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Alexander Kazimirovich Tolush vs Vladas Mikenas
USSR Championship (1950), Moscow URS, rd 12, Nov-30
Neo-Grünfeld Defense: Non- or Delayed Fianchetto (D70)  ·  1-0
ANALYSIS [x]

FEN COPIED

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Kibitzer's Corner
< Earlier Kibitzing  · PAGE 4 OF 4 ·  Later Kibitzing>
Apr-06-06  clausantos: I get this one. Unusual at thursday...
Apr-06-06  BipolarChessorder: I saw 38.Qf6+ etc. but was wondering about 38.Rd5. If 38...Bxe3+ 39. Kh1 there's no (immediate) perpetual and I can't see anything for Black. White still has the d7 pawn and 39. ...Bxd5 40. Qxd5 the attack is dead. Thoughts, anyone?
Apr-06-06
Premium Chessgames Member
  al wazir: <BipolarChessorder: I saw 38.Qf6+ etc. but was wondering about 38.Rd5. Thoughts, anyone?>

See kibitzing on first page.

Apr-06-06  Chess Prodigy: 4/4 this week...I did Qxf8+ instead of Qd4+, which is a winning move, but not as winning
Apr-06-06  dhotts: Why even do 38.Qf6+, why not immediately 38.d8=Q! and have two Queens on the board instead of 1 in jeopardy?
Apr-06-06
Premium Chessgames Member
  Jim Bartle: It's not a check. Black could play 38...Bxe3+ followed by Rg2+.
Apr-06-06  dakgootje: <dhotts: Why even do 38.Qf6+, why not immediately 38.d8=Q! and have two Queens on the board instead of 1 in jeopardy?> Because of 38. d8=Q Bxe3+ 39. Qxe3 Rg2+ and there is a perputual because of 40. Kh1 Rxb2+ 41. Kg1 Rg2+ et cetera
Apr-06-06  Goumindong: <doglikegroove> Not only does that allow the Rg2..Kh1..Rb2..Kg1 perpetual check, but black can also play Rxe6 which evens up the board if white takes the bishop, though i dont know if he can win from there.
Apr-06-06  aazqua: Why not Rd5? At least make the finish interesting.
Apr-06-06  Goumindong: <aazqua> Rf1 also seems to work to me.
Apr-06-06  goldenbear: Hmmm. I thought it was Rf1.
Apr-06-06  goldenbear: Rf1, with the intention of giving up the queen after Bxe3+.
Apr-06-06
Premium Chessgames Member
  Marmot PFL: <LIFE Master AJ: The game score here is incorrect.> Thank you, that makes more sense. I am always surprised how different versions of the same game exist.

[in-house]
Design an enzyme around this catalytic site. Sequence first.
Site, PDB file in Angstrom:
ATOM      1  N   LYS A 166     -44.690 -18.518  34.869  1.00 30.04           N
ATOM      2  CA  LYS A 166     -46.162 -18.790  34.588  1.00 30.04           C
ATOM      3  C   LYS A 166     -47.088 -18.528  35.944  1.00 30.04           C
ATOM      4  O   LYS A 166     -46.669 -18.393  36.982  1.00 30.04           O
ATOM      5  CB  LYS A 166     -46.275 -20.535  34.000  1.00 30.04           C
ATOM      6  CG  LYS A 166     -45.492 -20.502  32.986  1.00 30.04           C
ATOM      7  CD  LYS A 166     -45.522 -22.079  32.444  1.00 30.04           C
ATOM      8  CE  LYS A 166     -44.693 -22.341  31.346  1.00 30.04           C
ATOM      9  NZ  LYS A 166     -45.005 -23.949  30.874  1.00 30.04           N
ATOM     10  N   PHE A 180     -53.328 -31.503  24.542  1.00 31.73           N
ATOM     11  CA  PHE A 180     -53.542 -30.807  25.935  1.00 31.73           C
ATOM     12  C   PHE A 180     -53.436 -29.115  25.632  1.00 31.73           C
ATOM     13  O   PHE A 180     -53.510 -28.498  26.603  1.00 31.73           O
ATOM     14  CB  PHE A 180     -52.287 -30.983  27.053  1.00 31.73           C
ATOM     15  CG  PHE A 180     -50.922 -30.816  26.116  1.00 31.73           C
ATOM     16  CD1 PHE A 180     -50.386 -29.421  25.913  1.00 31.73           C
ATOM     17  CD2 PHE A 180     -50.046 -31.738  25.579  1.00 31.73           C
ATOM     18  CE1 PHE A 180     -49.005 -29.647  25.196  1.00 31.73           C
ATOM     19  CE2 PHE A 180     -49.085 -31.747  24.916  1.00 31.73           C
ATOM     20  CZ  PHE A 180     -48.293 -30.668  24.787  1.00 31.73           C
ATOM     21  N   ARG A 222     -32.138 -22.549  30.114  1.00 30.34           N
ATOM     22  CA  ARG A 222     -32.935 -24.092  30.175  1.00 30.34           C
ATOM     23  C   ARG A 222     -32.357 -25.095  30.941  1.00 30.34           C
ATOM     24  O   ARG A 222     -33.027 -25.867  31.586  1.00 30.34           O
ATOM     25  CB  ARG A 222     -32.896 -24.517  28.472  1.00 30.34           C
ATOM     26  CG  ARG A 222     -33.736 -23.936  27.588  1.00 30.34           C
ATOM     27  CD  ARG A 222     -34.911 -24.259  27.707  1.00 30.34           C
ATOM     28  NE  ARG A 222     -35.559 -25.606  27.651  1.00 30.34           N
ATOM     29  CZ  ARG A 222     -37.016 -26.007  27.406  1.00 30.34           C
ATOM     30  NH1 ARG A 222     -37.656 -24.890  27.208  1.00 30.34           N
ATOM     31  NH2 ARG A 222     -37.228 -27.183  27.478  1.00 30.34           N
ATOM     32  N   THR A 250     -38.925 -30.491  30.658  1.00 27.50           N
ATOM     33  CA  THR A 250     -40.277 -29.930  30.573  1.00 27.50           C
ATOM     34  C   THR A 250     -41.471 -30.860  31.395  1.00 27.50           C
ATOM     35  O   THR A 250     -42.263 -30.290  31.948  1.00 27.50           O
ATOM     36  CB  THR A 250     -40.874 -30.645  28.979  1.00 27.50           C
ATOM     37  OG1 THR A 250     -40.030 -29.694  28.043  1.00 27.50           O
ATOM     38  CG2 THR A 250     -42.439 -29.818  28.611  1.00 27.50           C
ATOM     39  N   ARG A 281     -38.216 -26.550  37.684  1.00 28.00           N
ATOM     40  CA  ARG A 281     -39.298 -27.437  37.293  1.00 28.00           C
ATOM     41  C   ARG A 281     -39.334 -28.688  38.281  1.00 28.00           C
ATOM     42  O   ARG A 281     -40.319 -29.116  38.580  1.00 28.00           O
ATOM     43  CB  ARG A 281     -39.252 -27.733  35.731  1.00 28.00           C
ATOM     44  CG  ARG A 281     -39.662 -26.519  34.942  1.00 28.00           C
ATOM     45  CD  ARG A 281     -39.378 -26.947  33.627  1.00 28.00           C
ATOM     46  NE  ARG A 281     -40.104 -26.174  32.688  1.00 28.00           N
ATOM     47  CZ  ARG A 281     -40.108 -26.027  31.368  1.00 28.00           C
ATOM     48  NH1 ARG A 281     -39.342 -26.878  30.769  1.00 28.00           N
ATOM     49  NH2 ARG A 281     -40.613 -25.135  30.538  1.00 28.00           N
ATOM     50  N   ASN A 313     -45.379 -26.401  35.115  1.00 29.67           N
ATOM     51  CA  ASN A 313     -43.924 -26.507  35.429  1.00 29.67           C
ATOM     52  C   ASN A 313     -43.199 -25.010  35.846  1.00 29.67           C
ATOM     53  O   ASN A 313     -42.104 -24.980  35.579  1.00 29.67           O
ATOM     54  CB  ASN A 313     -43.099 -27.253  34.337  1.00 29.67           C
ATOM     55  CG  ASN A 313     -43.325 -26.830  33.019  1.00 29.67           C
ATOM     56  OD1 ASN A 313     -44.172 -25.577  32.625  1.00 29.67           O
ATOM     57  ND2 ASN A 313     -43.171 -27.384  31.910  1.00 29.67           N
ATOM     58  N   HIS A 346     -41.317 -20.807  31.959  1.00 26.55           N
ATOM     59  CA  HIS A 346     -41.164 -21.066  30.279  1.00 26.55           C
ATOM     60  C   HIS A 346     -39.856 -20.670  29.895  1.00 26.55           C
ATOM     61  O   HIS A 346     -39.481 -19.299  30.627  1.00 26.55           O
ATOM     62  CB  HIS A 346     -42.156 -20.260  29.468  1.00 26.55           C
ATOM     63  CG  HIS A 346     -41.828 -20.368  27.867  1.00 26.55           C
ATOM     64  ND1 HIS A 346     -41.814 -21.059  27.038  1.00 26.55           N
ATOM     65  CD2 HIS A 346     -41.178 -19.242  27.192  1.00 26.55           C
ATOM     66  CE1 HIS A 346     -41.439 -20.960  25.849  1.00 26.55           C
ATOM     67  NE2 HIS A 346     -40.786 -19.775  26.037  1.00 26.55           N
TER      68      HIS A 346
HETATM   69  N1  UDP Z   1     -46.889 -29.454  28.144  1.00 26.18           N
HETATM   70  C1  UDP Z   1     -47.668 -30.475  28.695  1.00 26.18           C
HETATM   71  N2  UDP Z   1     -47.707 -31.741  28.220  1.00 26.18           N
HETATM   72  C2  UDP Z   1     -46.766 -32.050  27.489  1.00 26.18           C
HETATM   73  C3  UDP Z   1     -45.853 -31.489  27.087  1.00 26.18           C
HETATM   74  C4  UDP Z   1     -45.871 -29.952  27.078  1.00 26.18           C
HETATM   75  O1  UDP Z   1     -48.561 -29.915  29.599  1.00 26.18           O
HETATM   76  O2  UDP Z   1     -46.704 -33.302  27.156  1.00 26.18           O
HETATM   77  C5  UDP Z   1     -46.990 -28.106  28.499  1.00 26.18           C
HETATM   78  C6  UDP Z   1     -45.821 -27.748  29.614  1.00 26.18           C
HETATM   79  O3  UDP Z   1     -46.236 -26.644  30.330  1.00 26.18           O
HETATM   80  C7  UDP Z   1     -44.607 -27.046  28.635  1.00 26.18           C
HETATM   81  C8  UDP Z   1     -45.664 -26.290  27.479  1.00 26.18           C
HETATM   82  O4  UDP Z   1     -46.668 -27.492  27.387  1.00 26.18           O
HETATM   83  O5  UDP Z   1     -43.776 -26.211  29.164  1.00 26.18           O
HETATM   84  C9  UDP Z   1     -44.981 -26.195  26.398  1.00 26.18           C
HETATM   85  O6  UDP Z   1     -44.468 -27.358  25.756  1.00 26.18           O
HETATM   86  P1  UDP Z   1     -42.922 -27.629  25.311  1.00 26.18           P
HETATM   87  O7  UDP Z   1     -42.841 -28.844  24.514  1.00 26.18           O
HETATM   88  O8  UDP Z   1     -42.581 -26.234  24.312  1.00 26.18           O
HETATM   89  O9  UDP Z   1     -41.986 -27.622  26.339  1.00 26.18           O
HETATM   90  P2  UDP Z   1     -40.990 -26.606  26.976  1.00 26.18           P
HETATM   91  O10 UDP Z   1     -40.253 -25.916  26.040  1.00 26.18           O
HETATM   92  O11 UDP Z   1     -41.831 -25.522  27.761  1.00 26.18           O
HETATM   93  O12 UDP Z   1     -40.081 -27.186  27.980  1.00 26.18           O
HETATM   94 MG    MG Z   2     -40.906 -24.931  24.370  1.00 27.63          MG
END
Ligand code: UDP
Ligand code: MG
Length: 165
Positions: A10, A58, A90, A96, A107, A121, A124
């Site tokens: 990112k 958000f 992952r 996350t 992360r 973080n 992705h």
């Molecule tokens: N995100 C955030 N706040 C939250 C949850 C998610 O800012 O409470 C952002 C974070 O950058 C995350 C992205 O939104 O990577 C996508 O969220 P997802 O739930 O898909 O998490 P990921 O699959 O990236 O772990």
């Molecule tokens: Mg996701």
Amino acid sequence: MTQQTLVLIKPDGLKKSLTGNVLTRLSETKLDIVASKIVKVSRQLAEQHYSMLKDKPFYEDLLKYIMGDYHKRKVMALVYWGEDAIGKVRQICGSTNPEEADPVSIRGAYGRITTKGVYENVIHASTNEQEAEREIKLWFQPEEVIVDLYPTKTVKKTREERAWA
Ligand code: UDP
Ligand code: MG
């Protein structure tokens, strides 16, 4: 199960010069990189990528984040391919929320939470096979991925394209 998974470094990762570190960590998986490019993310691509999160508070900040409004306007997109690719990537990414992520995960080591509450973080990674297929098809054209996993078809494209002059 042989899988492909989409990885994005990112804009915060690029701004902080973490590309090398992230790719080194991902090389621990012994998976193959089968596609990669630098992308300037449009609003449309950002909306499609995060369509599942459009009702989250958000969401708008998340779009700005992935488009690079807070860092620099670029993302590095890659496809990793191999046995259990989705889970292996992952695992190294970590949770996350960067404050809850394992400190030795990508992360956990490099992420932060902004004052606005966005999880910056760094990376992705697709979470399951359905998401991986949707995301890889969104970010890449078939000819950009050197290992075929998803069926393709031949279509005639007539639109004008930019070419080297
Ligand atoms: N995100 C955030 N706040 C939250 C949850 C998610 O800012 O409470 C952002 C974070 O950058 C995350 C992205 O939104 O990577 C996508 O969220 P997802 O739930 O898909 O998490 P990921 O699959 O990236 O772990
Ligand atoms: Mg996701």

Apr-06-06
Premium Chessgames Member
  OBIT: <goldenbear> 38. Rf1? Bxe3+ 39. Qxe3 Rg2+! (not 39...Rxe3?) 40. Kh1 Rf2+! draws
Apr-06-06
Premium Chessgames Member
  OBIT: So, what's the final verdict? Four winning plans?

(1) 38. Qf6+

(2) 38. d8=N

(3) 38. Rd5

(4) 38. Nf5

Gee, how could anybody miss this one? :)

Apr-06-06  apawnandafool: I missed it. :(
Apr-07-06  goldenbear: <OBIT>Thanks. I never considered that.
Apr-07-06  Goumindong: <OBIT> D8=N does not work, it allows the infinite check.

<goldenbear> No, 38. Rf1..Bxe3 39. RF2!?

Now white has the escape he needs, and can threaten the other rook, this removes blacks checkdraw and still threatens the promotion, after a couple moves, white will attain mate or a clear position and material advantage.

Apr-07-06  Goumindong: Rd5..bxe3, the infinite check is gone, but white isnt gaining any advantage.
Apr-07-06
Premium Chessgames Member
  An Englishman: Good Morning: <zerok>, thank you for running my idea through your computer. Did the computer analysis give a reason for not playing my 37.Nxh6? It picked 37.d8/Q instead.
Apr-07-06  LIFE Master AJ: Ya'll are still struggling with an incorrect/incomplete game score.
Apr-07-06
Premium Chessgames Member
  OBIT: <Goumindong> There are a fair amount of posts here addressing the 38. d8=N line, and I think we eventually got it right. There is no perpetual check.

<An Englishman>I looked at 38. Nf5 also, and it did seem like you might as well queen right away (38...Rxe6 39. d8=Q). Your move may also work, but it didn't look too clear.

Apr-28-06
Premium Chessgames Member
  patzer2: The key to solving the previous daily puzzle (38?) in the diagram below is avoiding the obvious pawn promotion 38. d8=Q??, which enables Black to swindle a clever draw.


click for larger view

[White to move (38 ?)]

Not 38. d8=Q?? Bxe3+ 39. Qxe3
Rg2+ 40. Kh1 Rd2+ 41. Kg1 Rg2+ 42. Kh1 Rd2+ 43. Kg1 Rg2 = (draw by perpetual check).

But instead White solves the puzzle and wins with
<38. Qf6+!> 38... Rxf6 39. d8=Q+ Rf8 40. Qd4+ (diagram below) when Black is forced to move his Bishop to g7 and no longer threatens the perpetual.


click for larger view

[Black to move (40...?) and lose. Position after 38. Qf6+! 38... Rxf6 39. d8=Q+ Rf8 40. Qd4+]

If 40...Kg8, then 41. Qc4+ (double attack) 41...Kh8 42. Qxe2 wins easily.

So Black must play 40...Bg7 when 41. Qd3! (the actual game continuation as provided by <LIFE Master AJ> on a previous page) 41...Bf3 42. Rd2 (diagram below ) secures the won position and ends Black's hope of swindling a draw.


click for larger view

[Position after 38. Qf6+! Rxf6 39. d8=Q+ Rf8 40. Qd4+ 41. Qd3! Bf3 42. Rd2 ]

Apr-28-06
Premium Chessgames Member
  patzer2: Here's an instructive position from the game score provided by <LIFE Master AJ>:


click for larger view

[White to move (42?) after 38.Qf6+ Rxf6 39.d8Q+ Rf8 40.Qd4+ Bg7 41.Qd3 Rff2.]

Solution: White played 42. Qxe2! when play might have continued 42...Rxe2 43. Rd8+! Bf8 44. Rxf8+ Kg7
45. Raf1! .

Jun-02-15
Premium Chessgames Member
  zydeco: 15....e5 is definitely a strange decision. 15....cxd5 seems mandatory.
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